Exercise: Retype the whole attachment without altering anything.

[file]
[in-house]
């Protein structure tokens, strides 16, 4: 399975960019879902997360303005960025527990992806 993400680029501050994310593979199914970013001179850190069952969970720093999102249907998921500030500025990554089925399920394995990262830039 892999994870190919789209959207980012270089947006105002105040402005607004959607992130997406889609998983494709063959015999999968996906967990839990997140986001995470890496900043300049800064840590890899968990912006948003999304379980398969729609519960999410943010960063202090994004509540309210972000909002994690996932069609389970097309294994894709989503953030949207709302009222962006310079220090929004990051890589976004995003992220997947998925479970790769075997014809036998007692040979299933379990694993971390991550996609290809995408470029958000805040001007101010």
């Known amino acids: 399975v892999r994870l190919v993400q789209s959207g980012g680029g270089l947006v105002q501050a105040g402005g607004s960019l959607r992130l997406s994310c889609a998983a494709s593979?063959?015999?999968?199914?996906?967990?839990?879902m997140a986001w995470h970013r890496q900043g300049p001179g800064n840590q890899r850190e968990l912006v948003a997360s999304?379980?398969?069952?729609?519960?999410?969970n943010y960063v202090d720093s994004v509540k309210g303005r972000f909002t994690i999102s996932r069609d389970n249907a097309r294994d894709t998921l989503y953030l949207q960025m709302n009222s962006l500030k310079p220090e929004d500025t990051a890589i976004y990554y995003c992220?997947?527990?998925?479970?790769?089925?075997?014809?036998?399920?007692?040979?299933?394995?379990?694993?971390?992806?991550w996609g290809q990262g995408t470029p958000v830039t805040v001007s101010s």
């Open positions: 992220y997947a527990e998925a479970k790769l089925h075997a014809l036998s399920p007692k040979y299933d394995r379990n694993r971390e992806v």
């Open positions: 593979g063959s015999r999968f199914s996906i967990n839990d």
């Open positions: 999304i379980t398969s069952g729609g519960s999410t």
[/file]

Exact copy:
[in-house]
């Protein structure tokens, strides 16, 4: 399975960019879902997360303005960025527990992806 993400680029501050994310593979199914970013001179850190069952969970720093999102249907998921500030500025990554089925399920394995990262830039 892999994870190919789209959207980012270089947006105002105040402005607004959607992130997406889609998983494709063959015999999968996906967990839990997140986001995470890496900043300049800064840590890899968990912006948003999304379980398969729609519960999410943010960063202090994004509540309210972000909002994690996932069609389970097309294994894709989503953030949207709302009222962006310079220090929004990051890589976004995003992220997947998925479970790769075997014809036998007692040979299933379990694993971390991550996609290809995408470029958000805040001007101010």
């Known amino acids: 399975v892999r994870l190919v993400q789209s959207g980012g680029g270089l947006v105002q501050a105040g402005g607004s960019l959607r992130l997406s994310c889609a998983a494709s593979?063959?015999?999968?199914?996906?967990?839990?879902m997140a986001w995470h970013r890496q900043g300049p001179g800064n840590q890899r850190e968990l912006v948003a997360s999304?379980?398969?069952?729609?519960?999410?969970n943010y960063v202090d720093s994004v509540k309210g303005r972000f909002t994690i999102s996932r069609d389970n249907a097309r294994d894709t998921l989503y953030l949207q960025m709302n009222s962006l500030k310079p220090e929004d500025t990051a890589i976004y990554y995003c992220?997947?527990?998925?479970?790769?089925?075997?014809?036998?399920?007692?040979?299933?394995?379990?694993?971390?992806?991550w996609g290809q990262g995408t470029p958000v830039t805040v001007s101010s």
């Open positions: 992220y997947a527990e998925a479970k790769l089925h075997a014809l036998s399920p007692k040979y299933d394995r379990n694993r971390e992806v």
């Open positions: 593979g063959s015999r999968f199914s996906i967990n839990d």
């Open positions: 999304i379980t398969s069952g729609g519960s999410t």